   Both students and faculty are expected to abide by the University’s honor code. The specifics
    can be found at www.colorado.edu/academics/honorcode. Cheating and plagiarizing
    will result in a failing grade for either or both the assignment and the course. Information on
    what constitutes these behaviors can be found in the honor code document if you have any
    questions.

   Sexual harassment is not tolerated. For more information on maintaining a fair and safe
    environment and sexual harassment policies and reporting see
    www.colorado.edu/sexualharassment or call the Office of Sexual harassment at 303-492-2127
    or the Office of Judicial Affairs at 303-492-5550.

   Please keep all returned exams (and other returned graded work) in the event that you have a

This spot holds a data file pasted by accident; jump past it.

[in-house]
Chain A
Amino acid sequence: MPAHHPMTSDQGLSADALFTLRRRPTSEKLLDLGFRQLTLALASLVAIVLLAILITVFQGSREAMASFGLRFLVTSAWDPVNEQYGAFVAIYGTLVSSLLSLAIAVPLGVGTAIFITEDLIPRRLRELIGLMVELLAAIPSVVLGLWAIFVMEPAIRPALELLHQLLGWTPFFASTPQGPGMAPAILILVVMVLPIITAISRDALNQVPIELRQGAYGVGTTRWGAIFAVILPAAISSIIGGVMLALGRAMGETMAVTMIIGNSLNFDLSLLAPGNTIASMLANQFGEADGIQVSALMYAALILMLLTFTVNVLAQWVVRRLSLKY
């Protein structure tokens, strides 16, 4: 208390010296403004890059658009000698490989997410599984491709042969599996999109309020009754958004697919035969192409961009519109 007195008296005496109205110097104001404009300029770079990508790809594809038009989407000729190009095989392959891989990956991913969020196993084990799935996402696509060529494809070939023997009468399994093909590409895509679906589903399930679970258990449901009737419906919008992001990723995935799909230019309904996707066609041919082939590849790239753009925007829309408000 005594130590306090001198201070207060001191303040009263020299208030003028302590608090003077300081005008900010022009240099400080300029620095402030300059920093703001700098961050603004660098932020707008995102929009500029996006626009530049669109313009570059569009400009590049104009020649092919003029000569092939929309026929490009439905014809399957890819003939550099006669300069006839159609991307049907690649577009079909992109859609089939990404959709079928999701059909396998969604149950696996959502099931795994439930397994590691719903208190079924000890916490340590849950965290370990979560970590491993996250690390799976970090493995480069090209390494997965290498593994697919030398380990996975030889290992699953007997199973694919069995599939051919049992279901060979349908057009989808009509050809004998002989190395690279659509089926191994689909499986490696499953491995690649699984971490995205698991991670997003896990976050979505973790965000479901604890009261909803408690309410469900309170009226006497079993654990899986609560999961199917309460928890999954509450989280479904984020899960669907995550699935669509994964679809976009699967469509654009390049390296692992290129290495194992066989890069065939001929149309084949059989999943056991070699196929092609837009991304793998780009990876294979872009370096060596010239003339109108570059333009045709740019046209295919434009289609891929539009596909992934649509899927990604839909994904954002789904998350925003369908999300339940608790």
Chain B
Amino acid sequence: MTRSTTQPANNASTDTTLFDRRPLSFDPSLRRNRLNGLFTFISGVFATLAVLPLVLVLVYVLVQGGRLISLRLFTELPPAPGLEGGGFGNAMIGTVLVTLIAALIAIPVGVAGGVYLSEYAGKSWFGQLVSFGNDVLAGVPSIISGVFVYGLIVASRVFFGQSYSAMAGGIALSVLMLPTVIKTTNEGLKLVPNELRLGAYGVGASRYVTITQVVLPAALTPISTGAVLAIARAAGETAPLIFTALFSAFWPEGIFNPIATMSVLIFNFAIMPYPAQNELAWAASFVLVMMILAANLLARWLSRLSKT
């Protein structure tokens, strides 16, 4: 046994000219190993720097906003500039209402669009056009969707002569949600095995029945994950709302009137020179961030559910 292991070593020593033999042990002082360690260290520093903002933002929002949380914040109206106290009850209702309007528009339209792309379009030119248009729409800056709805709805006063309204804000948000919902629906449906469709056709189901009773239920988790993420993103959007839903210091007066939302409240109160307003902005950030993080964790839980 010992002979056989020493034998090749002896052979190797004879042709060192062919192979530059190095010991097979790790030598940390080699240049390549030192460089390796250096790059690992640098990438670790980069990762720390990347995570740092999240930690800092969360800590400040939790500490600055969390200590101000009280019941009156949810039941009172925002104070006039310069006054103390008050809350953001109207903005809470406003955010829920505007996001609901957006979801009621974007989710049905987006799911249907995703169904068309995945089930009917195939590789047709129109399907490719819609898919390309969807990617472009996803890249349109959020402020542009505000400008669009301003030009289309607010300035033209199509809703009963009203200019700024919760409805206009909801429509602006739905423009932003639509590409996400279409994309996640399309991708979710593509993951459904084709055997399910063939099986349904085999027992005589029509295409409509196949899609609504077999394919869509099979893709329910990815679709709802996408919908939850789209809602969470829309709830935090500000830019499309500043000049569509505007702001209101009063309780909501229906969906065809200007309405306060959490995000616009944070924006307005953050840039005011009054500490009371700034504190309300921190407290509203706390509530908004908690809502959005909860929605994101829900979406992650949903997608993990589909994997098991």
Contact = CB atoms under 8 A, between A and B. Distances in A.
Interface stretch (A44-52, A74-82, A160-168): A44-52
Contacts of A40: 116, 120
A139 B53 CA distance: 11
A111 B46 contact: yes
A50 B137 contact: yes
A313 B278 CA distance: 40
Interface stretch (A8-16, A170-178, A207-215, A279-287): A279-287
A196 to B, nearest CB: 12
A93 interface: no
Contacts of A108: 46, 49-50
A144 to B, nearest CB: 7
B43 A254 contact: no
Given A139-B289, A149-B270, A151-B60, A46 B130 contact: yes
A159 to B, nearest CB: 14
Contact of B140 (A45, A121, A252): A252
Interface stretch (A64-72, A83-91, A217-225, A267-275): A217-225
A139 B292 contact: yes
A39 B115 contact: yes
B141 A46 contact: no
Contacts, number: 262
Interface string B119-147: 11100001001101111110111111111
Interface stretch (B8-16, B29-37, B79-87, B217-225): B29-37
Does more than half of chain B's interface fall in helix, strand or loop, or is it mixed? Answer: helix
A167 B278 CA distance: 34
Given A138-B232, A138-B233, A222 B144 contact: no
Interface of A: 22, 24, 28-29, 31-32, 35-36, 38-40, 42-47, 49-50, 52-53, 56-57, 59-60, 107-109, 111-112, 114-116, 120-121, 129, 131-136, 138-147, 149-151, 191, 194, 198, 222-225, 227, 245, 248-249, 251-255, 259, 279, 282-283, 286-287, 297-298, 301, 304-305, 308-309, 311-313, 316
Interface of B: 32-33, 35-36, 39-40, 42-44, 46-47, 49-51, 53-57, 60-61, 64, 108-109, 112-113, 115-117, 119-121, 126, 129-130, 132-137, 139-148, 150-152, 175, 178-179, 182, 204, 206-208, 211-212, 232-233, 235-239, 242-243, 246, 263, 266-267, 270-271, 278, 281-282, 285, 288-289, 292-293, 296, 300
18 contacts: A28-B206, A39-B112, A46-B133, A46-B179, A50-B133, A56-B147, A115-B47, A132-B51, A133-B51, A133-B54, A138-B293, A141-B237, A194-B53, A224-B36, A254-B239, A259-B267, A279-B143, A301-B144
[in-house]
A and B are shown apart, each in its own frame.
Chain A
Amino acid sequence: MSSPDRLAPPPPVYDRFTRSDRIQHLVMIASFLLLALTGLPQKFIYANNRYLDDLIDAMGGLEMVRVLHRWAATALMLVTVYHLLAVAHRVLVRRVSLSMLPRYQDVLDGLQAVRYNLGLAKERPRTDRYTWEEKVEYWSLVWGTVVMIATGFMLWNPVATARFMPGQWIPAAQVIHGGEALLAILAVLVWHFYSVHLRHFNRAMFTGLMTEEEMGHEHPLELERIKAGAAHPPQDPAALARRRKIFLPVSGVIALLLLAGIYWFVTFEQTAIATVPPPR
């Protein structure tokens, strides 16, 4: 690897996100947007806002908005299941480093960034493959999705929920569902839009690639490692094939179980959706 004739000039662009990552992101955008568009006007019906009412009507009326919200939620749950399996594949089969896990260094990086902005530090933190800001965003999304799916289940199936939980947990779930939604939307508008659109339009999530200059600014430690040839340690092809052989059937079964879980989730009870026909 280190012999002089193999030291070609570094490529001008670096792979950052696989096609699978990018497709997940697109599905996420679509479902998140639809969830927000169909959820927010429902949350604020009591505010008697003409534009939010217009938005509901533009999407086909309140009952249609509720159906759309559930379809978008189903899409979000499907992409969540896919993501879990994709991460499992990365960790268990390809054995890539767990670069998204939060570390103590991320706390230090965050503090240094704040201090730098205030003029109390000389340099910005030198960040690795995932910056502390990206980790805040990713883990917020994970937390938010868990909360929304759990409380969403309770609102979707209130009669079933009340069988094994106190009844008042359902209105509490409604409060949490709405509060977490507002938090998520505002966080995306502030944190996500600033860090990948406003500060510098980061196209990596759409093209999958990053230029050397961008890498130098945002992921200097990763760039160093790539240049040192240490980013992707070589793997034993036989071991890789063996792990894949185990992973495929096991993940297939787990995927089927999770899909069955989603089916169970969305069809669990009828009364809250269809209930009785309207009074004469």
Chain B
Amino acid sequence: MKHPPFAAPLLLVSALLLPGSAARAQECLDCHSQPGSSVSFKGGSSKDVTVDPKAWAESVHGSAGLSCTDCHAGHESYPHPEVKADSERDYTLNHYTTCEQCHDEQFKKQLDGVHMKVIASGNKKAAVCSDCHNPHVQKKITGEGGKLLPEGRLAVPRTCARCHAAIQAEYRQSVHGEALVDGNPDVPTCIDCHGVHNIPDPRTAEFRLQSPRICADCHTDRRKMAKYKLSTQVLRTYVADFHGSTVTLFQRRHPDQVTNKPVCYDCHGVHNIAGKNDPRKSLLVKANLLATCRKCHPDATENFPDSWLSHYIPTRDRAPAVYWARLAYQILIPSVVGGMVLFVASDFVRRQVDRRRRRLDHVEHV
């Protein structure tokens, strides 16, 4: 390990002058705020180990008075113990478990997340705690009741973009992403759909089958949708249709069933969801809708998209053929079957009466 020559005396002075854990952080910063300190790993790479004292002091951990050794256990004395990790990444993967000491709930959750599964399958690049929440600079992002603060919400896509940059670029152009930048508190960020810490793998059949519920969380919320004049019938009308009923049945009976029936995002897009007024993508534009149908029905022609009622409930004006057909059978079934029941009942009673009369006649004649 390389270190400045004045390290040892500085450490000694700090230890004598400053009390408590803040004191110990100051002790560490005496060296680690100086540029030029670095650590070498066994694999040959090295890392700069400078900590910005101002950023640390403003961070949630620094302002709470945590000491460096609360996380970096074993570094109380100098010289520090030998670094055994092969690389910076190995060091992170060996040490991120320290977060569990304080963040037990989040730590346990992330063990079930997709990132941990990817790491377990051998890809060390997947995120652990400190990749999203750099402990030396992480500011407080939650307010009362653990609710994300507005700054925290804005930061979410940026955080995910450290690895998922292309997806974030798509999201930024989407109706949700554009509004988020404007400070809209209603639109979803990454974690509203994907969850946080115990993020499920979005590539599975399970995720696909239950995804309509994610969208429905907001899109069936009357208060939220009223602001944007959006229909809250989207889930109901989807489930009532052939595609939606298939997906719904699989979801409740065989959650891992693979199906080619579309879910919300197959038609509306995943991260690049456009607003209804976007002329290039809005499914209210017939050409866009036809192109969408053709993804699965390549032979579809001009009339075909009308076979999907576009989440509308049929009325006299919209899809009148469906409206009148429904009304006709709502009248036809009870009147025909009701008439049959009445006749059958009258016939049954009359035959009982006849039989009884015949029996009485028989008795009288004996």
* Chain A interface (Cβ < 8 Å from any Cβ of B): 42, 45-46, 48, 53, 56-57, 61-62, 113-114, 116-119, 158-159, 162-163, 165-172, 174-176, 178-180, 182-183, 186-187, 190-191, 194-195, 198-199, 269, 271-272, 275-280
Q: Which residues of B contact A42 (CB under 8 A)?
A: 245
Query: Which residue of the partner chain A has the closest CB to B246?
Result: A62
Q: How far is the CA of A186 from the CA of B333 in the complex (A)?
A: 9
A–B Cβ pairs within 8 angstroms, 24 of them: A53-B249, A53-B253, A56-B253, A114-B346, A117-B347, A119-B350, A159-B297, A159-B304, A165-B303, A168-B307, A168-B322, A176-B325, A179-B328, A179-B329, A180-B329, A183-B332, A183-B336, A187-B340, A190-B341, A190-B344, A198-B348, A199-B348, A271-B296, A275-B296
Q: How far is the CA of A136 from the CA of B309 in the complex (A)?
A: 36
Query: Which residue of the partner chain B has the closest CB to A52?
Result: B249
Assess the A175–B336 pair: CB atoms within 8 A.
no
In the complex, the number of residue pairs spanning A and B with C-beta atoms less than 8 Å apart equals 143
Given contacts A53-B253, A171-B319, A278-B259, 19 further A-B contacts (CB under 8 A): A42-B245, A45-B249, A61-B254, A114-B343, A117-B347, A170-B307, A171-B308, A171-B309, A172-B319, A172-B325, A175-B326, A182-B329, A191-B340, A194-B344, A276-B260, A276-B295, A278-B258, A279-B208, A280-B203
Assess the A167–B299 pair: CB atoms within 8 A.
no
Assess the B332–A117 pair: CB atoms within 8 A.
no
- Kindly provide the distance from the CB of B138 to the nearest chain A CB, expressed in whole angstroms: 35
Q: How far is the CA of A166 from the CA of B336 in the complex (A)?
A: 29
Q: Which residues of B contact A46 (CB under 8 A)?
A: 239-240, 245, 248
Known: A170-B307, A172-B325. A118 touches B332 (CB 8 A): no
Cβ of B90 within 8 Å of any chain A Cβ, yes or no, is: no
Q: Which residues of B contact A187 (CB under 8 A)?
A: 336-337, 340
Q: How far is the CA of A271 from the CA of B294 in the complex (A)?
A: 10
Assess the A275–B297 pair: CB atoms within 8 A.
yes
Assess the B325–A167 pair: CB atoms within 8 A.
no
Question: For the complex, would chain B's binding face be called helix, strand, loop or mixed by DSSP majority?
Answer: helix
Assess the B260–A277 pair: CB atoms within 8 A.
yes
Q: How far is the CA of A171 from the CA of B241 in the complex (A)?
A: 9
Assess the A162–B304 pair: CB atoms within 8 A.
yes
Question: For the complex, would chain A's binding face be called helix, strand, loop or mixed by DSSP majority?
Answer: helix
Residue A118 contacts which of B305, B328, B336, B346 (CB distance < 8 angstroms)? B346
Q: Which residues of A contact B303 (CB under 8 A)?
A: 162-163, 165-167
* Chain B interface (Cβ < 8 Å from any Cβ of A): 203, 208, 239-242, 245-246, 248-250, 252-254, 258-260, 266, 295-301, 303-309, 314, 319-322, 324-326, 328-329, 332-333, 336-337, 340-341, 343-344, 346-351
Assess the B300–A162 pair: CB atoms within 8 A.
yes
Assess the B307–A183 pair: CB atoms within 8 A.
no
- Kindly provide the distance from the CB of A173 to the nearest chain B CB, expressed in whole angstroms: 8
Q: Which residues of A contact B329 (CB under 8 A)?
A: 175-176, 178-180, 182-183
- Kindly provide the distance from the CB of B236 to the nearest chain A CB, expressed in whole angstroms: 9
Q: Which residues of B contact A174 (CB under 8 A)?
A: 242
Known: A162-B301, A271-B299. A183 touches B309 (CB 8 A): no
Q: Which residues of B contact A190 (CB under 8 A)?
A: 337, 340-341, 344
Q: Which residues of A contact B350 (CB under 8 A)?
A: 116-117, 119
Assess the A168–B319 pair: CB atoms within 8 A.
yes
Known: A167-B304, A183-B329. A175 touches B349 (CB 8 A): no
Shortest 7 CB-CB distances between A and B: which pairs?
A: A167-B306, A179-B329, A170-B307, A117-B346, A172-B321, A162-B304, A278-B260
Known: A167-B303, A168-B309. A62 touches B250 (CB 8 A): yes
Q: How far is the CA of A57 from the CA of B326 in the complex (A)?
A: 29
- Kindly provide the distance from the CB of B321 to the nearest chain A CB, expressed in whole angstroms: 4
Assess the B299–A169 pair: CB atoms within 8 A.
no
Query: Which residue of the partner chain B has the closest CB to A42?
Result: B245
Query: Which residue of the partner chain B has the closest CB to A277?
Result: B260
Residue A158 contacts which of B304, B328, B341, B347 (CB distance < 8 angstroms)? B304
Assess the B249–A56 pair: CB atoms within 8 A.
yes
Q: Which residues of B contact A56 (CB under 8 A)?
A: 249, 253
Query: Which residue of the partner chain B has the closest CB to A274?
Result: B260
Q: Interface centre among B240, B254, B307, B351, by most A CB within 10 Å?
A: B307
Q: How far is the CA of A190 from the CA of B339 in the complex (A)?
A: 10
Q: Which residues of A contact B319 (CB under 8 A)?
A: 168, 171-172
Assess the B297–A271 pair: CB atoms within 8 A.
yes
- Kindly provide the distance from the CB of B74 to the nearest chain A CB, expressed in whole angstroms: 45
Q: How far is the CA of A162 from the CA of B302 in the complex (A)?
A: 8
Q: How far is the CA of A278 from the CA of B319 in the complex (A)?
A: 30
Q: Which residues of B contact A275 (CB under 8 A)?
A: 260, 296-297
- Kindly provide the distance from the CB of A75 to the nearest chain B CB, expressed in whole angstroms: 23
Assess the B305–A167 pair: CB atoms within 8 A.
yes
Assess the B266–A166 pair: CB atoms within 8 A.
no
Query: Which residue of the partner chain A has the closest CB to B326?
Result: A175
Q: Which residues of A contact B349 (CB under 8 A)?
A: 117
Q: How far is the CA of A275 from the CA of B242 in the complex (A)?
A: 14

grade dispute at the end of the semester. If your calculation of your grade does not match
    our records, it is your responsibility to provide proof of graded work.

Tentative Course Schedule
Please do the assigned reading before your first lecture or recitation of the week-
whichever comes first. Papers are due at the BEGINNING of lecture on the due date

Date                 Topic                                         Preparation for class
Week 1               Introduction                                  Readings 1, 2, 3, 4

Week 2               Deconstruction and Cultural                   Readings 5, 6, 7
                     Critique

Week 3               Sociological Perspectives &                   Readings 8, 9, 10